A transfer to an in-law may not be presumed to be a gift.

Cohen v. Raymond, 128 A.3d 1072 (N.H. 2016)

Cohen got along famously with his son-in-law Raymond, who went to work in his father-in-law’s scrap metal company. Raymond became one of Cohen’s most valuable assistants. In 2006, Cohen sold the company. He and Raymond each received three-year employment contracts. However, they were not very happy working for the successor, and began to explore other business opportunities. The pair traveled to Germany together to observe scrap metal operations in that country.

Cohen wanted Raymond to become familiar with the world of investing. To that end, he created a brokerage account in Raymond’s name at Merrill Lynch, depositing $250,000 in the account. Apparently there were no formalities observed in this transaction, such as a loan agreement. Cohen later testified that he thought the account would be “seed money” for a future venture.

Unfortunately, Raymond and Cohen’s step-daughter divorced two years later. Next, Raymond withdrew $50,000 from the Merrill Lynch account. Cohen demanded that Raymond repay the entire $250,000, and filed a lawsuit to get it. The trial court ruled that there is a “weak” presumption that a transfer of assets to an in-law is a gift, which shifted the burden of proof to Cohen to show that there was no gift.

On appeal, the New Hampshire Supreme Court held that the presumption of a gift applies only to transfers to a spouse or children, not to transfers to in-laws. Upon remand, Raymond will have the burden of proof to show that a gift was intended at the time of the transfer.

(August 2016)

© 2016 M.A. Co. All rights reserved.

 

Extension granted for proving that a surviving spouse has become a U.S. citizen.

Private Letter Ruling 201628011

Decedent’s surviving spouse was not a U.S. citizen, so to secure the marital deduction from the federal estate tax his will created a Qualified Domestic Trust (QDOT) for her lifetime benefit. Some time later, the surviving spouse became a U.S. citizen, but she didn’t mention this development to the QDOT trustee. Under §2056A(b)(12) and §20.2056A-10(a)(1) and (2) of the Estate Tax Regulations, a QDOT is no longer subject to the estate tax imposed under §2056A(b) if the surviving spouse becomes a citizen of the United States, and the spouse was a resident of the United States at all times after the death of the decedent and before becoming a United States citizen, and the U.S. trustee of the qualified domestic trust notifies the Internal Revenue Service and certifies in writing that the surviving spouse has become a United States citizen. Notice is to be made by filing a final Form 706-QDT on or before April 15 of the calendar year following the year that the surviving spouse becomes a citizen, unless an extension of time of up to six months for filing is granted under §6081. The trustee did not timely file the final Form 706-QDT.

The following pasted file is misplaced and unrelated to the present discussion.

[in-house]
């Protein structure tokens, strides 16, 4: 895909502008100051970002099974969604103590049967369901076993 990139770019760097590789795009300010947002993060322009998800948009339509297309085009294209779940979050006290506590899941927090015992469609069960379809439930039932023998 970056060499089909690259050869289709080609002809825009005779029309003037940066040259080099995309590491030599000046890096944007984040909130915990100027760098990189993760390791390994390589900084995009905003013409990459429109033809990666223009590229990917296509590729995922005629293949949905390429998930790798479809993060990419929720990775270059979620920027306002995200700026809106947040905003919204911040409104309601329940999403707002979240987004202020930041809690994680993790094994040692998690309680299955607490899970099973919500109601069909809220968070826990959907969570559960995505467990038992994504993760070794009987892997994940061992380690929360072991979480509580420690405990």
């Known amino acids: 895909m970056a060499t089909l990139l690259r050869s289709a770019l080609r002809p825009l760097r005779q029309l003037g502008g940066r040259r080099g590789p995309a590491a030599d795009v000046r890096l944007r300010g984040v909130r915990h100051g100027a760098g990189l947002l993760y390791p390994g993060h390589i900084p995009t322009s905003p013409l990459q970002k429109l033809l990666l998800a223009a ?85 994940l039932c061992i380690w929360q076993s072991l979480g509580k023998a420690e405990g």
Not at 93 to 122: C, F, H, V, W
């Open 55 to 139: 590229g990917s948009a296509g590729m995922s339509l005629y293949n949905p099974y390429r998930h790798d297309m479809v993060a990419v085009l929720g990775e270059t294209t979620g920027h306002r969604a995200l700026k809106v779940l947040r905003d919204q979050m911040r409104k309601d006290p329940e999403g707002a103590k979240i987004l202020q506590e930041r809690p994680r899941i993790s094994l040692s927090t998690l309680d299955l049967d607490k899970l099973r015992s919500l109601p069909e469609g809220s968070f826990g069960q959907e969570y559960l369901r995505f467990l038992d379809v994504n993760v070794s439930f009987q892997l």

Now that the Trustee knows, he has asked the IRS for an extension of time to file the Form. As granting the extension of time will not prejudice the interests of the government, the extension was granted.

(August 2016)

© 2016 M.A. Co. All rights reserved.

Paying state death taxes before paying the IRS does not render an executor personally liable for estate taxes, provided the estate is not insolvent.

Singer v. Comm’r, T.C. Memo. 2016-48

At the time of his death, Melvin Sacks was legally married to Alvia Sacks but had been estranged from her for 25 years. His “longtime companion” was Lucille Atwell, with whom he jointly owned a brokerage account worth some $2 million. Atwell was the beneficiary of Sacks’ life insurance policies. Sacks also had a relationship with Joan Parker, with whom he jointly owned a residence in Bayside, New York. The property was purchased in July 1990, for $500,000, and Sacks provided the entire purchase price. He died the
next month.

Sacks died with a substantial unpaid income tax from various years in the 1980s and 1990, well over $1 million. As there were limited assets in the probate estate, the executor obtained a restraining order over the brokerage account. In March 1991 he also disaffirmed transfer of the residence to Parker. In November 1991 an estate tax return was filed reporting a taxable estate of $3,208,103 and an estate tax liability of $1,011,279. No taxes were paid at that time. In 1994 the IRS assessed an estate tax deficiency of $831,313.

The income tax problem was resolved in December 1994, when the IRS accepted the executor’s offer in compromise to pay $1 million to cover tax years from 1978 through 1990. The Surrogate’s Court authorized a release from the brokerage account, $1 million for the IRS and $28,000 to pay executor’s fees.

In 1997 Parker contributed $87,500 to the estate to pay her share of the estate taxes, and two grandchildren contributed $25,000 each. These amounts were forwarded to the IRS, but, even so, in February 1999 the outstanding amount due was more than $3 million, including interest and penalties.

The executor asked the Surrogate’s Court in April 1999 to release additional funds from the brokerage account: (1) $251,107 to the Estate of Alvia Sacks; (2) $446,772 to the IRS; and (3) $171,587 to the New York Department of Taxation. These amounts were paid. The IRS believed that payment to anyone other than itself was improper, and so issued a notice of fiduciary liability for $422,694 to the executor.

The personal representative of an estate is personally liable for the unpaid claims of the United States to the extent of a distribution, “if the Government establishes the following: (1) The personal representative distributed assets of the estate; (2) the distribution rendered the estate insolvent; and (3) the distribution took place after the personal representative had notice of the Government’s claim” [Allen v. Commissioner, T.C. Memo. 1999-385]. The Tax Court held that the Sacks estate was not insolvent at the time of the distribution, because it continued to have claims against the transferees of nonprobate property for contributions to pay the estate tax. Therefore, the executor was not personally liable for the tax.